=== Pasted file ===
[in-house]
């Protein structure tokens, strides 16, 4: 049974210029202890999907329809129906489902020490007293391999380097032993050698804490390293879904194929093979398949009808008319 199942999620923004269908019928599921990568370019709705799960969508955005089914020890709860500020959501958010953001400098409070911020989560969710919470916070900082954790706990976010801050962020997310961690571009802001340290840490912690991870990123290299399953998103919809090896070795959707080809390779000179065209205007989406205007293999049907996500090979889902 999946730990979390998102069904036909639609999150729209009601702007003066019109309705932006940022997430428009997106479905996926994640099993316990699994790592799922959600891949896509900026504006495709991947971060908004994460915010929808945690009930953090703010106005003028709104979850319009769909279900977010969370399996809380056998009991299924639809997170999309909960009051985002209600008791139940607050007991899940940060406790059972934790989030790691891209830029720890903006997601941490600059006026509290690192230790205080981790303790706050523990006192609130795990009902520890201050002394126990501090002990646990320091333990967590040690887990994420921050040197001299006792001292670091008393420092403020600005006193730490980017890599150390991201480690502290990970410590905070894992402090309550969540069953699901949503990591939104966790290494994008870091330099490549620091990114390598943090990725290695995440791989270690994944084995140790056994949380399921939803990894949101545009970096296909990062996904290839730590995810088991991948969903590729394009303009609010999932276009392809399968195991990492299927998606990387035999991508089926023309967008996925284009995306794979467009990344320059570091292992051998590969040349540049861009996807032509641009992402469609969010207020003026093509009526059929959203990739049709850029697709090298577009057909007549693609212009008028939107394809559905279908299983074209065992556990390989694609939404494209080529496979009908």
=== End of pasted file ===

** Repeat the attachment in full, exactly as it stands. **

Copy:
[in-house]
């Protein structure tokens, strides 16, 4: 049974210029202890999907329809129906489902020490007293391999380097032993050698804490390293879904194929093979398949009808008319 199942999620923004269908019928599921990568370019709705799960969508955005089914020890709860500020959501958010953001400098409070911020989560969710919470916070900082954790706990976010801050962020997310961690571009802001340290840490912690991870990123290299399953998103919809090896070795959707080809390779000179065209205007989406205007293999049907996500090979889902 999946730990979390998102069904036909639609999150729209009601702007003066019109309705932006940022997430428009997106479905996926994640099993316990699994790592799922959600891949896509900026504006495709991947971060908004994460915010929808945690009930953090703010106005003028709104979850319009769909279900977010969370399996809380056998009991299924639809997170999309909960009051985002209600008791139940607050007991899940940060406790059972934790989030790691891209830029720890903006997601941490600059006026509290690192230790205080981790303790706050523990006192609130795990009902520890201050002394126990501090002990646990320091333990967590040690887990994420921050040197001299006792001292670091008393420092403020600005006193730490980017890599150390991201480690502290990970410590905070894992402090309550969540069953699901949503990591939104966790290494994008870091330099490549620091990114390598943090990725290695995440791989270690994944084995140790056994949380399921939803990894949101545009970096296909990062996904290839730590995810088991991948969903590729394009303009609010999932276009392809399968195991990492299927998606990387035999991508089926023309967008996925284009995306794979467009990344320059570091292992051998590969040349540049861009996807032509641009992402469609969010207020003026093509009526059929959203990739049709850029697709090298577009057909007549693609212009008028939107394809559905279908299983074209065992556990390989694609939404494209080529496979009908």